So you have two inverting log amp circuits using U1 and U2 where...
U1_Vout = -Vt * ln(V1 / R1 / Is1)
U2_Vout = -Vt * ln(V2 / R2 / Is2)
U1_Vout is the output voltage of U1
U2_Vout is the output voltage of U2
Vt = 26mV at room temperature
Is1 is the reverse saturation current for the diode (base emitter) junction of Q1
Is2 is the reverse saturation current for the diode (base emitter) junction of Q2
U3 is used as an inverted summing amplifier. Its output is...
U3_Vout = -(U1Vout + U2_Vout)
U3_Vout = Vt * ln(V1 / R1 / Is1) + Vt * ln(V2 / R2 / Is)
U3_Vout = Vt * ln(V1 * V2 / R1/ R2/ Is1/ Is2)
Finally U4 is used as an exponentiator.
U4_Vout = -R5 * Is3 * e^(U3_Vout/Vt)
U4_Vout = -R5 * Is3 * e^(Vt * ln(V1 * V2 / R1/ R2/ Is1/ Is2) / Vt)
U4_Vout = -R5 * Is3 * V1 * V2 / R1/ R2/ Is1/ Is2
What you typically want from a multiplier is …
U4_Vout = V1 * V2 / 1V
But you have an extra factor F in the equation.
U4_Vout = V1 * V2 / 1V * F
F = (1V * R5 / R1 / R2 * Is3 / Is1 / Is2)
The solution is to multiply the output by 1/F. You can easily do that by simply adding a resistor from 9V to the minus terminal on you summing amplifier (U3). This will generate a constant offset in the output of the summing amplifier. The constant offset into the exponentiator will then show up as multiplication/division by a constant factor.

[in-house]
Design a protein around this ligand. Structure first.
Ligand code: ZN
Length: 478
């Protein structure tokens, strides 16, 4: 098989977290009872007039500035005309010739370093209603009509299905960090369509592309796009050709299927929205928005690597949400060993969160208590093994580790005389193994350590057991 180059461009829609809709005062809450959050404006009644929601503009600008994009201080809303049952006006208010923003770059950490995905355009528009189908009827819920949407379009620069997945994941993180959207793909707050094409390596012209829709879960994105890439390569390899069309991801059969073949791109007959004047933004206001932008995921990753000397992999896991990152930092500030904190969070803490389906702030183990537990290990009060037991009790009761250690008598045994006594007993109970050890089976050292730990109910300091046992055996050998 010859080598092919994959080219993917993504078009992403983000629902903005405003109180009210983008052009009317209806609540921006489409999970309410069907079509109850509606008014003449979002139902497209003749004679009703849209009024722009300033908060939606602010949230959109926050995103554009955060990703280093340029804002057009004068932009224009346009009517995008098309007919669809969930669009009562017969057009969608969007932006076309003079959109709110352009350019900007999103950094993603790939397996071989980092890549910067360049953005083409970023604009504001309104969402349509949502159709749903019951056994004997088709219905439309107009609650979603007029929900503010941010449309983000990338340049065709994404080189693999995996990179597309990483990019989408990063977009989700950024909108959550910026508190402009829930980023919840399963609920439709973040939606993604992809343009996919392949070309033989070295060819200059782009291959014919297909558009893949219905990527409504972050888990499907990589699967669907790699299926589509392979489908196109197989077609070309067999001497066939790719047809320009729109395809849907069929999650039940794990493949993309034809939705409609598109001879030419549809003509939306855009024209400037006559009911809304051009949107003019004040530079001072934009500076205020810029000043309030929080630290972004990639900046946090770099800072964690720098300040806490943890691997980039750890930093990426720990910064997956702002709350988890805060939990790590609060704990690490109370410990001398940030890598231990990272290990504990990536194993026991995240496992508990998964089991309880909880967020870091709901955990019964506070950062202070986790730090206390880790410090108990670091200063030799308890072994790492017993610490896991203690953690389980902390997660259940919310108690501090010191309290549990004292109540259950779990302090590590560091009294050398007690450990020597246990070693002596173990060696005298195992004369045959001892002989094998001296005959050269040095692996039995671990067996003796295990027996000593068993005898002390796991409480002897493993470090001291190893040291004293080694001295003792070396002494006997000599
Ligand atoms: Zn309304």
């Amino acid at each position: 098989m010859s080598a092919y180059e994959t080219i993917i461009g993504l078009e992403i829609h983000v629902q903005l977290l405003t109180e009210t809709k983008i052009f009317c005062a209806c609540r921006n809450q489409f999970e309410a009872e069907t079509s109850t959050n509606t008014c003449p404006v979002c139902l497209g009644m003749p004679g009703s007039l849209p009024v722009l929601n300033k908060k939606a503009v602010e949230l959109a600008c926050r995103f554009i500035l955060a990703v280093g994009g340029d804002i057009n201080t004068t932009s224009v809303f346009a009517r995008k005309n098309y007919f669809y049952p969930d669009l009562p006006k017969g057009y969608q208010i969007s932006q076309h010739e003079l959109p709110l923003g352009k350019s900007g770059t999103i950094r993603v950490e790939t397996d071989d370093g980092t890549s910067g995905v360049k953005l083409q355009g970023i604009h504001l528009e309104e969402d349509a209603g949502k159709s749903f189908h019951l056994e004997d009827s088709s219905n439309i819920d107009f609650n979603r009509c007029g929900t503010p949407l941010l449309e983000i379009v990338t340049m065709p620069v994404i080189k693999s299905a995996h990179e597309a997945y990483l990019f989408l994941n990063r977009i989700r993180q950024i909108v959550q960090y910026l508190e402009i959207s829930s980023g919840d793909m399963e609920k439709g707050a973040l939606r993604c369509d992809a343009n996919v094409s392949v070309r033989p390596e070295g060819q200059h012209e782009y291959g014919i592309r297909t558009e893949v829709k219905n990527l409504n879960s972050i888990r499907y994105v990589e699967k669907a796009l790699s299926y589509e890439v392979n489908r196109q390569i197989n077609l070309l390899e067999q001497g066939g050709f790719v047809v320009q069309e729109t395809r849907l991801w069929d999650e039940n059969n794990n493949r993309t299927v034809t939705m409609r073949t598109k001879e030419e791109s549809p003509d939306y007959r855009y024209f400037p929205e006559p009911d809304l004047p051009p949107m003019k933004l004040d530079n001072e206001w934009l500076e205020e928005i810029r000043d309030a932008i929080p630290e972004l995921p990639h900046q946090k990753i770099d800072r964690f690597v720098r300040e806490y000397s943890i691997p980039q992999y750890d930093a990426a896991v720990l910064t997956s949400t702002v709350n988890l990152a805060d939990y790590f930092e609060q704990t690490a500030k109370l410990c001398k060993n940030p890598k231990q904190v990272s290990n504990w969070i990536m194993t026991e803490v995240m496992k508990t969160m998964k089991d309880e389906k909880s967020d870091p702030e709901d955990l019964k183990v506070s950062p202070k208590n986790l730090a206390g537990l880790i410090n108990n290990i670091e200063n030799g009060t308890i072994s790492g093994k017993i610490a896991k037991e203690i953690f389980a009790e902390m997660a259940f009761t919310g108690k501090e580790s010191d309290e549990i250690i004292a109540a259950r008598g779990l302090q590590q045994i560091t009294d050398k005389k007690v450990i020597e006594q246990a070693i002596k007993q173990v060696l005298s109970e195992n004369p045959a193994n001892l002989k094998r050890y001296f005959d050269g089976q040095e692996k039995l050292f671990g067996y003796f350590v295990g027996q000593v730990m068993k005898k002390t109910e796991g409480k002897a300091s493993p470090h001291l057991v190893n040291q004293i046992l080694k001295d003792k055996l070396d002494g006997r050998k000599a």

In your simulation lets assume that your transistors are all identical so Is1 = Is2 = Is3. Therefore...
1/F = 10K * Is / 1V
We need to find an offset voltage X that can be put into U4 such that …
1/F = 10K * Is / 1V = e^(X/Vt)
X = Vt * ln(10K * Is / 1V)
We know from your simulation that the output of U1 and U2 was 603mV
606mV= Vt * ln(1V / 10K / Is)
Solving for Is gives...
Is = 1V / 10K / e^(606mV / 26mV)
X = 26mV * ln(e^(606mV / 26mV)) = 606mV (exactly one diode drop)
Therefore the resistor you need to add is …
R = 9V / 606mV * 10K = 148.5K ohms
If you were implementing this as a real circuit the diodes would not all be perfectly matched. In that case the calculated value of R is approximate, and you would probably need a variable resistor to trim the gain of the circuit.